China: Journey to the East is the largest UK loan of Chinese material the Museum has ever undertaken with more than 150 objects. Supplemented by items from partner museum collections it offers visitors the chance to better understand 3,000 years of Chinese history and culture. The exhibition, which has already been shown in Bristol, Coventry and Basingstoke, will continue in 2010 to Sunderland Museum and Winter Gardens (29 January – 9 May 2010), York Art Gallery (22 May – 15 August 2010) and the Manchester Museum 25 September 2010 – 26 June 2011.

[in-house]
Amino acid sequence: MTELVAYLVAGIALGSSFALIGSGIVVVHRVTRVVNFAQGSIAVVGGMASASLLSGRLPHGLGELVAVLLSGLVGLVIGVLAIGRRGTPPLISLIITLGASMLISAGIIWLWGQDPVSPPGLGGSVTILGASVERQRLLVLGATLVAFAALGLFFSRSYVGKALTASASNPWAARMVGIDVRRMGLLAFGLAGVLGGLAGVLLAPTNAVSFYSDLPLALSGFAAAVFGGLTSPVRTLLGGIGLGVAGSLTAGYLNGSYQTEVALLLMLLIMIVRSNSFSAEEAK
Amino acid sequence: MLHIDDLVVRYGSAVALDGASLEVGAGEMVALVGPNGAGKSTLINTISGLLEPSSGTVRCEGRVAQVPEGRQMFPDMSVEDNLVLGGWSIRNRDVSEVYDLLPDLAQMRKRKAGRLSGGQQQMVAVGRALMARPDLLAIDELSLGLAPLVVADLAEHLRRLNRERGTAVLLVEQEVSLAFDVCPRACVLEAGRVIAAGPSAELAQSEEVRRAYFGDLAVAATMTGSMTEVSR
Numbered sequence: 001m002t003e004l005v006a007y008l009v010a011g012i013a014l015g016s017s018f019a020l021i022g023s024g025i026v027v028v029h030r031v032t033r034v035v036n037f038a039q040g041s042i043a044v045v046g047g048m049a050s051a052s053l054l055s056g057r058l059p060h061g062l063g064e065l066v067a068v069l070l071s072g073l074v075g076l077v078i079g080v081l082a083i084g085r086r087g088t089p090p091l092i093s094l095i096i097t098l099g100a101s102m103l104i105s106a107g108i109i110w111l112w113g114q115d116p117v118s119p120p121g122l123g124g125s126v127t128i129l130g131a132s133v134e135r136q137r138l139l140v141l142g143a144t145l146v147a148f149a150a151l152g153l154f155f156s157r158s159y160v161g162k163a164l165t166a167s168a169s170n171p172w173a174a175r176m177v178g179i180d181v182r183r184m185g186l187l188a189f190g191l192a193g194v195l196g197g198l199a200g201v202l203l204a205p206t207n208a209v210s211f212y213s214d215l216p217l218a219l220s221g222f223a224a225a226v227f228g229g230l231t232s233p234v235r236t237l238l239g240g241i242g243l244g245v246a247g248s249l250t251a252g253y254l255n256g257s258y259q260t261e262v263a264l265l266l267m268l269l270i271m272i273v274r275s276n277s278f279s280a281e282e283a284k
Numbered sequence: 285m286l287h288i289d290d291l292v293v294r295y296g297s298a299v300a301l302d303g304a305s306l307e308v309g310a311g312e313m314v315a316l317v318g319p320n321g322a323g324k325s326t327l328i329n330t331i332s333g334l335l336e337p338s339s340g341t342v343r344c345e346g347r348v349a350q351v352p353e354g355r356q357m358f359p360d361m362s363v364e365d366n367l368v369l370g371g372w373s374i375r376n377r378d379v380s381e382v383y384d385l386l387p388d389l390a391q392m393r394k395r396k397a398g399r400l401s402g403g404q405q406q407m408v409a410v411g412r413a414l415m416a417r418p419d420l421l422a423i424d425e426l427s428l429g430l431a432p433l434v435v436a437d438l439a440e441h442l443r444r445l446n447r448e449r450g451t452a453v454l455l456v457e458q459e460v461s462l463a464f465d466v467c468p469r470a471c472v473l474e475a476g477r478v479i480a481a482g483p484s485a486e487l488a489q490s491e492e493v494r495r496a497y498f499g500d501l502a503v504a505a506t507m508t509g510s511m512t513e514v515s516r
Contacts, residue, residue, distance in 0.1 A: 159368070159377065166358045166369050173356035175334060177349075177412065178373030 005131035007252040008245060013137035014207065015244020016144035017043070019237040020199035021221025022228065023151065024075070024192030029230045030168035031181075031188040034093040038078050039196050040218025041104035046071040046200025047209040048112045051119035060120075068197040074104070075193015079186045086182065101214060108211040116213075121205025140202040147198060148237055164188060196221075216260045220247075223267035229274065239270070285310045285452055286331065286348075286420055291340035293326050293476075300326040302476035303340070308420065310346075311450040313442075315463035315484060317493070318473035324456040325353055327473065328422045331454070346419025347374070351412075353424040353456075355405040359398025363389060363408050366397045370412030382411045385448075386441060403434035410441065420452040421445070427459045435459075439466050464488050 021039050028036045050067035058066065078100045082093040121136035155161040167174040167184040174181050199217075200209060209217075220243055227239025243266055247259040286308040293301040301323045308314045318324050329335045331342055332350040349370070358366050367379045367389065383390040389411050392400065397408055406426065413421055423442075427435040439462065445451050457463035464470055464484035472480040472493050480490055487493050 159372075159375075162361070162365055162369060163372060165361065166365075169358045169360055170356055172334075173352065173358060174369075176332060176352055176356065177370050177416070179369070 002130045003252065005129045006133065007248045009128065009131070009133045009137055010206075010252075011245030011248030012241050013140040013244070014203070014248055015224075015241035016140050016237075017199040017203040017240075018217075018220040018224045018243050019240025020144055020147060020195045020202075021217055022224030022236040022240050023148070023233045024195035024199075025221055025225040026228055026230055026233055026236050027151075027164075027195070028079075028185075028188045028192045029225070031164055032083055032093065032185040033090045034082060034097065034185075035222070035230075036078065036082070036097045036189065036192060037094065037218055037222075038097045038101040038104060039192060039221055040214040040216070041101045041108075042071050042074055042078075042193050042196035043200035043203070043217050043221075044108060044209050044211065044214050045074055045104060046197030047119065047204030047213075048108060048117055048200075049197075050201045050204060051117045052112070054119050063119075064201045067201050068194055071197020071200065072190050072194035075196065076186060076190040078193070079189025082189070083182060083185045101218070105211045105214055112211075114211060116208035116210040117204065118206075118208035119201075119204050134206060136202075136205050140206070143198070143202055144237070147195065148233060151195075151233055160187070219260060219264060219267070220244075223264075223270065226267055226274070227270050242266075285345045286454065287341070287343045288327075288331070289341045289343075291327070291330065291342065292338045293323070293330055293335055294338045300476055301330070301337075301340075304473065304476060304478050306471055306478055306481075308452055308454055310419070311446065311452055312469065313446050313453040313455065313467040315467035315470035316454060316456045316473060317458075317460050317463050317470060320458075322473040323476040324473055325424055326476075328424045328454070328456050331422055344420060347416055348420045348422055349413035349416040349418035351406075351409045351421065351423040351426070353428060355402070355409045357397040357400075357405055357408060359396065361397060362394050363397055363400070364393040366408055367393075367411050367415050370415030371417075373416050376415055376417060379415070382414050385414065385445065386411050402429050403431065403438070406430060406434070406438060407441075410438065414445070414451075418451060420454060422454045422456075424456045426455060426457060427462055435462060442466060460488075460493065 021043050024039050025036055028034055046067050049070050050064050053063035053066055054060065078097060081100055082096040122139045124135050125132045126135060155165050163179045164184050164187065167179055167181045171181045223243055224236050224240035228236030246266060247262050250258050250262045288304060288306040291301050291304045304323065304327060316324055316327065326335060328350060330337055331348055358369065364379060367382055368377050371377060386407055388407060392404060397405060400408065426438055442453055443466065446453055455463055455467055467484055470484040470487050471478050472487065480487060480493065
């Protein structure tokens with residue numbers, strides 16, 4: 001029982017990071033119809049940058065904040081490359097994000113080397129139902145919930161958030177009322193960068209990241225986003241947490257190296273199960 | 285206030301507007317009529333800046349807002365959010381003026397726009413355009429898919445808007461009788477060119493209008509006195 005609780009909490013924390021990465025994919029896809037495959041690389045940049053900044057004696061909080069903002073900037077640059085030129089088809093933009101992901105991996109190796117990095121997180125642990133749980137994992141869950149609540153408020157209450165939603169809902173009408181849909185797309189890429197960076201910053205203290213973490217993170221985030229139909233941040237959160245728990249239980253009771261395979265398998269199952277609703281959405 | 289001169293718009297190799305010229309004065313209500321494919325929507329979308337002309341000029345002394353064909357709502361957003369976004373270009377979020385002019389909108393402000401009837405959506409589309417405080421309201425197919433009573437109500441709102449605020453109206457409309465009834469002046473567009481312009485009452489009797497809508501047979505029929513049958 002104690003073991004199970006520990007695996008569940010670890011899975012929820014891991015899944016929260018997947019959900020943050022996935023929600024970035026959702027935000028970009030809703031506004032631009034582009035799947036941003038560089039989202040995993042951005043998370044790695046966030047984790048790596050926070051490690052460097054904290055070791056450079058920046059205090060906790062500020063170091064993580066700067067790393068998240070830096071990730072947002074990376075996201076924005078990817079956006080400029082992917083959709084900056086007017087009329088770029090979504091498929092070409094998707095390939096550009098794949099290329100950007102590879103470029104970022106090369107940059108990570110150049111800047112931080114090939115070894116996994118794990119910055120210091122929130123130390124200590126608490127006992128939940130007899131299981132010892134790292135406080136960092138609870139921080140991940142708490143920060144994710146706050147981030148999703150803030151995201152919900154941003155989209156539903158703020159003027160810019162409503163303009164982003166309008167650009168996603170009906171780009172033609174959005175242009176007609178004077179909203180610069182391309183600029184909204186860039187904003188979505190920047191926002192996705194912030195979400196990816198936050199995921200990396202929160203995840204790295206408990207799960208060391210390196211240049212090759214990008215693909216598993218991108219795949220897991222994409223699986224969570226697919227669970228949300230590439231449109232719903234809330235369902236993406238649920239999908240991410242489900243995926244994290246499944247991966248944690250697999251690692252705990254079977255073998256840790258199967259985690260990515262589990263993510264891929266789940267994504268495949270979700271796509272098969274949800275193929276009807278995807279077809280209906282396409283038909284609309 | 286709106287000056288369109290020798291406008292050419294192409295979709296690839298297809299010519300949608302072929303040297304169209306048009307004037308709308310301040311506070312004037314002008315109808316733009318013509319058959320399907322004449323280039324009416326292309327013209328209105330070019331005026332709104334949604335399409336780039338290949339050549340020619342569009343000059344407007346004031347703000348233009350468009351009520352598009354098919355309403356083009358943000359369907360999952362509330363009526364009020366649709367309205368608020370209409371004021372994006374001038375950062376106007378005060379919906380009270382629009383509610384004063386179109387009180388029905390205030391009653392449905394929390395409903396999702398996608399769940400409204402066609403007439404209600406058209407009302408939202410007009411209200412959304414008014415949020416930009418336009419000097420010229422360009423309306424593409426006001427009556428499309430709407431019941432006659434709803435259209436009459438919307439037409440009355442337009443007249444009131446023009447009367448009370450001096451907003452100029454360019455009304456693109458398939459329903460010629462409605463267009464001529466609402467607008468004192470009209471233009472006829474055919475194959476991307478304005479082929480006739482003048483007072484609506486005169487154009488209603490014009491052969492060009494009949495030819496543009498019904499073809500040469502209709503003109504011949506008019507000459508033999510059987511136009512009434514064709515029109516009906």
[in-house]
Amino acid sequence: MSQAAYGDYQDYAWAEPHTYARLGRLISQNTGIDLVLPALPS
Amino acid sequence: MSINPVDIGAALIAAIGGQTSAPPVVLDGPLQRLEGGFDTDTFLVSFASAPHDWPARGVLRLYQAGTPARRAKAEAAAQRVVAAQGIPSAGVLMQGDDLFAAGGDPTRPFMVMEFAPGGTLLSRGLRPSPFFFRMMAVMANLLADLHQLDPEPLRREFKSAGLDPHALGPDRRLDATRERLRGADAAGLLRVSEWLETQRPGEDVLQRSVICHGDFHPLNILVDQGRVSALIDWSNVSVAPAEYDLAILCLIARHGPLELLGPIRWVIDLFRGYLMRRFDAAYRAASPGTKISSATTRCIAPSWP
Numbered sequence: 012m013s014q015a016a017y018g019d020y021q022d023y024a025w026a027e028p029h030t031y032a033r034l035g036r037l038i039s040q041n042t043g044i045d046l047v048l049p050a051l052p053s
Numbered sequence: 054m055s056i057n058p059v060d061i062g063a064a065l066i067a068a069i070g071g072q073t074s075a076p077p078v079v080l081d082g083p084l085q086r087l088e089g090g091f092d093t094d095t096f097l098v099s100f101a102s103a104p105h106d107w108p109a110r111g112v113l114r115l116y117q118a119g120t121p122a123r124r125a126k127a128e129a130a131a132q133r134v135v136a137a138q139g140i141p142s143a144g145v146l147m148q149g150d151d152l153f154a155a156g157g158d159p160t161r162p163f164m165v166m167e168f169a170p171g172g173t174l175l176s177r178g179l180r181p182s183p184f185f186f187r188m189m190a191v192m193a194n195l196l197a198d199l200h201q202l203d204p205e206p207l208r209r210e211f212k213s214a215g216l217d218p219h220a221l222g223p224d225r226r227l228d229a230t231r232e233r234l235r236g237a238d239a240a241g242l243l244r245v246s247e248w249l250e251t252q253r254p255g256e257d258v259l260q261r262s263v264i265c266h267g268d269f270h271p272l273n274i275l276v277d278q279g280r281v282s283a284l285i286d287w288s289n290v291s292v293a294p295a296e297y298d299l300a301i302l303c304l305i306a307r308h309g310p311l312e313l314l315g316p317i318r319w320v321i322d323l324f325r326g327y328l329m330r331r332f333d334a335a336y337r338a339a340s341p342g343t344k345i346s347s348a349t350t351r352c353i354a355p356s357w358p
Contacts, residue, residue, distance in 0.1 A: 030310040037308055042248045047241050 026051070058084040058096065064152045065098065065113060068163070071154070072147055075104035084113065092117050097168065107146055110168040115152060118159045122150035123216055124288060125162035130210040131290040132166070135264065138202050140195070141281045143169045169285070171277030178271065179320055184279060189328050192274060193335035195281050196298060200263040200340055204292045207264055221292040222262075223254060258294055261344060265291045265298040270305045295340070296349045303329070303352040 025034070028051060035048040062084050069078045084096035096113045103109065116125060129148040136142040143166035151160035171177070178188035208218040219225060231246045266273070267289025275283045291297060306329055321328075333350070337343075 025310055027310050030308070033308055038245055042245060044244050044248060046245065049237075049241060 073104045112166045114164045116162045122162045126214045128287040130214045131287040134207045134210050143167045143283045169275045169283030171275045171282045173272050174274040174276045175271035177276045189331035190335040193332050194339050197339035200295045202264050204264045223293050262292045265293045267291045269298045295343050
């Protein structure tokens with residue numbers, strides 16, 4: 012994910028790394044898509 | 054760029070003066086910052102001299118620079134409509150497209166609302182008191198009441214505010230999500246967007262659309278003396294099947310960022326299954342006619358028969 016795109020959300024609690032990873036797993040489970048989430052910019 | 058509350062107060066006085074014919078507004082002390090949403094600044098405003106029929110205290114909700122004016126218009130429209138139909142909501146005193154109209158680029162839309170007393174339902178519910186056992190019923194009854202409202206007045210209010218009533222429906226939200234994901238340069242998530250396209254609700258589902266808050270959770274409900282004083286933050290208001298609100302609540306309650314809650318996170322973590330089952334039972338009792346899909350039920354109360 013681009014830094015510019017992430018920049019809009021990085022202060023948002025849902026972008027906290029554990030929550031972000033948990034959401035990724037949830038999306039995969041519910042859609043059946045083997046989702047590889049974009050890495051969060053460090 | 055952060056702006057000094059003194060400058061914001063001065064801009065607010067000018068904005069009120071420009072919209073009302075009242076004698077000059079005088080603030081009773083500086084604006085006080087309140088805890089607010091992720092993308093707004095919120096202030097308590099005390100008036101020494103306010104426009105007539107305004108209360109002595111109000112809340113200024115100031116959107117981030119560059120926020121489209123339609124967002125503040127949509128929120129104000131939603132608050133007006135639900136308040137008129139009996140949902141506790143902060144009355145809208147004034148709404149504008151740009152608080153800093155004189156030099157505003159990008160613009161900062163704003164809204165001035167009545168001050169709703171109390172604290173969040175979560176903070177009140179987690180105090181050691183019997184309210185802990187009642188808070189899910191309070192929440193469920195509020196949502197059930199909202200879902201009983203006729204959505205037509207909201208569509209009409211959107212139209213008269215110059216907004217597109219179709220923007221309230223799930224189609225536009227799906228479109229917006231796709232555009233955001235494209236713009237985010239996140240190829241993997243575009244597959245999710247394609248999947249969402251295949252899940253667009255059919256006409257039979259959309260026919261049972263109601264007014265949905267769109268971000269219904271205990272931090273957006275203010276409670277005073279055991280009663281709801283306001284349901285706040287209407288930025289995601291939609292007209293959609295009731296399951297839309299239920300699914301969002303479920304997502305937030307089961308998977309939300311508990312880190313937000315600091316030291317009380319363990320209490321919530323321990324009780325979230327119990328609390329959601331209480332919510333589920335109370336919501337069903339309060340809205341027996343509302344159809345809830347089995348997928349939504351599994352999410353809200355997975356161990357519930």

Supported by BP, a CHINA NOW legacy project.
The Body Beautiful in Ancient Greece
National Museum of Korea
20 April – 29 August 2010
The Body Beautiful in Ancient Greece contains 125 objects from the British Museum's rich Greek and Roman collection. This exhibition offers a visually engaging and thought-provoking exploration of the human condition seen through ancient Greek eyes. Over two thousand years the Greeks experimented with representing the human body in works that range from abstract simplicity to full-blown realism. Through this essential and long lasting theme of human representation, the exhibition offers to the public a unique opportunity to engage with artworks which have shaped our Western aesthetics. The artefacts to be displayed include "Discobolus" the iconic representation of a discus thrower which had never been on loan from the Museum before this tour.